City, fire union reach deal to lower staffing, divide pensions into two tiers

Brush fire burning 20 acres in northeast Morgan Hill

After months of often heated negotiations, the City of Gilroy
reached a three-year agreement with the local firefighters Thursday
that puts three firefighters on an engine and breaks the
firefighters’ retirement plans into two tiers.
After months of often heated negotiations, the City of Gilroy reached a three-year agreement with the local firefighters Thursday that puts three firefighters on an engine and breaks the firefighters’ retirement plans into two tiers.

International Association of Fire Fighters Local 2805, the union that represents Gilroy firefighters, agreed to staff only three firefighters to an engine while maintaining a staff of nine firefighters at all time. It also agreed to reduce the retirement formula for new hires. In exchange, the Gilroy City Council will drop its bid to remove binding arbitration for firefighters from the city charter and will not need to demote three captains and five engineers to firefighters.

The agreement is expected to cut the city’s fire services costs by $380,870 during the next fiscal year and $365,500 in subsequent years of the agreement, Gilroy Human Resources Director LeeAnn McPhillips said.

“(Local 2805) gave us what we needed,” Mayor Al Pinheiro said. “This is the structural change we asked for. I am pleased with the union’s hard work to achieve agreement.”

The new agreement came than a week before a temporary, one-year concessions agreement between the firefighters and the city was to expire. As part of the deal, firefighters will not receive any wage increases through June 2013. The agreement also eliminates a personal leave day, a uniform allowance, a fitness incentive and an annual medical evaluation.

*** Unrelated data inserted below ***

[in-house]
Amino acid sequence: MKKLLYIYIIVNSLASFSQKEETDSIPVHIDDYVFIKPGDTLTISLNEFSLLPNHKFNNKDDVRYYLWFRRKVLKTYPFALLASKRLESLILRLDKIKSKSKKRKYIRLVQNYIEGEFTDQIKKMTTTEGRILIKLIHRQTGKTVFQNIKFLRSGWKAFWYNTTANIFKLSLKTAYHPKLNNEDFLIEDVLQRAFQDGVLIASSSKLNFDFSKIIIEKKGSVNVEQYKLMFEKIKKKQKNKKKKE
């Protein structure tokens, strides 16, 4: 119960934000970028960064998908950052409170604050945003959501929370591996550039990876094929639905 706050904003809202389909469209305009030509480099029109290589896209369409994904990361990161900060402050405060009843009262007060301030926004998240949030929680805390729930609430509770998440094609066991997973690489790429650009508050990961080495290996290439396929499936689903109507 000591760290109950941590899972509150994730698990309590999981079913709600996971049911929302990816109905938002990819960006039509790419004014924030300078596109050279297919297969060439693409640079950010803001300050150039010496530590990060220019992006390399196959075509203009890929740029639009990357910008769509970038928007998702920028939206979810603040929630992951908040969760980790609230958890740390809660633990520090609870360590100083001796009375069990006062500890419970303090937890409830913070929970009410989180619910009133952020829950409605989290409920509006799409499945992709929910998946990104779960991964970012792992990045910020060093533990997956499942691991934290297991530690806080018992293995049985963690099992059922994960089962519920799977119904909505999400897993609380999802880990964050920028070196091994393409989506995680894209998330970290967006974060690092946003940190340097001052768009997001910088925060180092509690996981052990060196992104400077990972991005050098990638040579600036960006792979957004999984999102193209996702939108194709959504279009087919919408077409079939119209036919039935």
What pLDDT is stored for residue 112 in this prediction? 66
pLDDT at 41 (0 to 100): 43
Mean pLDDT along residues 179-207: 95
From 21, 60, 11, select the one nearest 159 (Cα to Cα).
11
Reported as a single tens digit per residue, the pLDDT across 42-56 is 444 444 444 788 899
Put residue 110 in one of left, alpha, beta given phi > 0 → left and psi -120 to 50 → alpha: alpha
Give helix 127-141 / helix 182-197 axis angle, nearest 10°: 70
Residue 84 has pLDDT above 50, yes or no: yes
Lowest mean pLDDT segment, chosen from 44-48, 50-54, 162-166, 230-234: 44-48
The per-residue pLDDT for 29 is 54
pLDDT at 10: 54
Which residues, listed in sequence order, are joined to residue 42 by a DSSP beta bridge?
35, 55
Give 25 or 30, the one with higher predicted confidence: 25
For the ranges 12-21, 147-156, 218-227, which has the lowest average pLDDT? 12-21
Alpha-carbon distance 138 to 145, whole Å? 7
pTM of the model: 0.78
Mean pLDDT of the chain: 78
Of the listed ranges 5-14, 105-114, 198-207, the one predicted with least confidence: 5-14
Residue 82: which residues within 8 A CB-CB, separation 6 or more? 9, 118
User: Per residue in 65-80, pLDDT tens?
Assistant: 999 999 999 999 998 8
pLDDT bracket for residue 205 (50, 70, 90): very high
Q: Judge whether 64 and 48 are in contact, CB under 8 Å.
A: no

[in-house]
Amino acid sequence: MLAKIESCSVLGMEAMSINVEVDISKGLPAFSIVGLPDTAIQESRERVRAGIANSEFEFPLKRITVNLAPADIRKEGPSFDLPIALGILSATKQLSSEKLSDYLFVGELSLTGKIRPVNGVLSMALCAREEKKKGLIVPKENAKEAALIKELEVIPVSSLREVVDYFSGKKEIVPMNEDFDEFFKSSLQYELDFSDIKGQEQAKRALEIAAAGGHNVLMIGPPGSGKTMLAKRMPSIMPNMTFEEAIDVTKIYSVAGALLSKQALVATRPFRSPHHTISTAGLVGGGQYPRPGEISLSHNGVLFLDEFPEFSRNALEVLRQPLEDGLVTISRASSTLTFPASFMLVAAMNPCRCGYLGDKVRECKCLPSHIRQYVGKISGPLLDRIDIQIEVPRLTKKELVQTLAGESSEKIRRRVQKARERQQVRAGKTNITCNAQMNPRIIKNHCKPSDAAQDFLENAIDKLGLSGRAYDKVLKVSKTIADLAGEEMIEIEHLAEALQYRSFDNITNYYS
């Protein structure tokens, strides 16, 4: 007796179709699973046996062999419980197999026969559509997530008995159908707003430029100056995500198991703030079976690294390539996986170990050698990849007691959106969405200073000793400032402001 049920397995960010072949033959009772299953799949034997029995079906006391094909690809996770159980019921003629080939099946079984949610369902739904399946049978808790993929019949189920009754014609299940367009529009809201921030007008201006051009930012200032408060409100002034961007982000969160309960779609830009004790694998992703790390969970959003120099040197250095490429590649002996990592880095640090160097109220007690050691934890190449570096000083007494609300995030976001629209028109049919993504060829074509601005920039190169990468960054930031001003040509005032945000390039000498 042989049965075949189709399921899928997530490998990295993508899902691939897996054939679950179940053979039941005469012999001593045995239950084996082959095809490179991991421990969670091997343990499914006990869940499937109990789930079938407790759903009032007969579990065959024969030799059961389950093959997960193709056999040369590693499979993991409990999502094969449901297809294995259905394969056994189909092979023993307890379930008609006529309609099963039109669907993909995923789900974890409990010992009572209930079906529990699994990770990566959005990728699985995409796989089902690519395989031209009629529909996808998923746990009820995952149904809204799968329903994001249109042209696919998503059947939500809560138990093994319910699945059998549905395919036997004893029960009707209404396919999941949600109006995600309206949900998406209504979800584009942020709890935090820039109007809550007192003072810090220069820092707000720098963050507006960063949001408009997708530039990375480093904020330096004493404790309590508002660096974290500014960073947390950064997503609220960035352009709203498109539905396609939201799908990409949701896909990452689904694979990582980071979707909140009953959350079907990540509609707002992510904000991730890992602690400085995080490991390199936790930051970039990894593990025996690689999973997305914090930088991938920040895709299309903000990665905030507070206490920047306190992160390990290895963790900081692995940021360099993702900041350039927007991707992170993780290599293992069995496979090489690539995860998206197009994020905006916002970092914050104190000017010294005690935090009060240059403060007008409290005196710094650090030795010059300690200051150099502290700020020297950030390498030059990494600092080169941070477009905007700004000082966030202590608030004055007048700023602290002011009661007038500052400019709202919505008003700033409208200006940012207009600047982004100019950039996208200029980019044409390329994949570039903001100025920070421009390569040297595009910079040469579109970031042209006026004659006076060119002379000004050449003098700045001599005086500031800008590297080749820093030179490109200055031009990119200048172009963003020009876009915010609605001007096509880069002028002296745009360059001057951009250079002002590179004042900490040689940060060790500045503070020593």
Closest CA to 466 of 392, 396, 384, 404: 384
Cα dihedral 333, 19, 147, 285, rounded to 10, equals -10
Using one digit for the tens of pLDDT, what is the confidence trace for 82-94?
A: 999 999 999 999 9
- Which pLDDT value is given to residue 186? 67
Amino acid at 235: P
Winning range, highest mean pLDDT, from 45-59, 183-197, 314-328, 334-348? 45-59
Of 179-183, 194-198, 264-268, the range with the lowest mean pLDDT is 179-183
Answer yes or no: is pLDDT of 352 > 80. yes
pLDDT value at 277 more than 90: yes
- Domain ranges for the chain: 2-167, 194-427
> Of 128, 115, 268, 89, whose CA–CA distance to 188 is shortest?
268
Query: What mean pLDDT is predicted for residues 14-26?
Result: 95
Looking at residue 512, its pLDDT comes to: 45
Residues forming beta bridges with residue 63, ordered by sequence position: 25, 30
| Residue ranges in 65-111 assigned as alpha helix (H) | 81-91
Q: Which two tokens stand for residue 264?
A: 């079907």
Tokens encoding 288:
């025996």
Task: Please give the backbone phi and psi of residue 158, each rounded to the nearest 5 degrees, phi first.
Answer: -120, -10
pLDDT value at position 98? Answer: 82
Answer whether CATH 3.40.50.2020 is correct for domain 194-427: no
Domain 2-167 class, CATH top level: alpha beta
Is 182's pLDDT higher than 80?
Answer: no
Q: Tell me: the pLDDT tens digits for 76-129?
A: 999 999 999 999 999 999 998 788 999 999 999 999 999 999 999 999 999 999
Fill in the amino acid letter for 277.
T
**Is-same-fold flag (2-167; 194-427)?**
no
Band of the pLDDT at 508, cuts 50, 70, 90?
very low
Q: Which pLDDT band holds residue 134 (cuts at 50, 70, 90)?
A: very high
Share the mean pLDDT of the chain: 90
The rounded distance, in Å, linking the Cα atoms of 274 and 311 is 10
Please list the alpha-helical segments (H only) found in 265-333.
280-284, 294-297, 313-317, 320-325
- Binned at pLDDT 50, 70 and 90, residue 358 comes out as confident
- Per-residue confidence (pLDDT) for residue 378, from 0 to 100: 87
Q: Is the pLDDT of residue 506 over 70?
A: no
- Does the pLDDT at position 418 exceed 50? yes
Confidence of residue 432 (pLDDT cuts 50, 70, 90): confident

The new agreement also marks the first time that a city union has agreed to two-tier retirement benefits, which means that the city will pay lower pensions to new hires than it does for current employees. The council has identified this as a priority for negotiations with all unions as its unfunded liabilities – or pensions that it must pay – could balloon in coming years.

Under the new system, retired firefighters will receive yearly 2 percent of their highest annual salary for each year they worked. For instance, a firefighter who topped out at $100,000 and worked for 10 years would receive 20 percent of this salary – or $20,000. The earliest firefighters could collect these benefits is at 55 years old. Under the old system – which still applies to current employees – firefighters received 3 percent yearly of their highest annual salary starting at 55 years of age.

In addition newly hired firefighters will now have to pay 9 percent contributions toward their pensions. In the past, the city made this contribution on behalf of the firefighters.

City Administrator Tom Haglund said he did not know precisely what cost savings would result from these changes to the firefighters retirement plan, but he deemed them “significant.”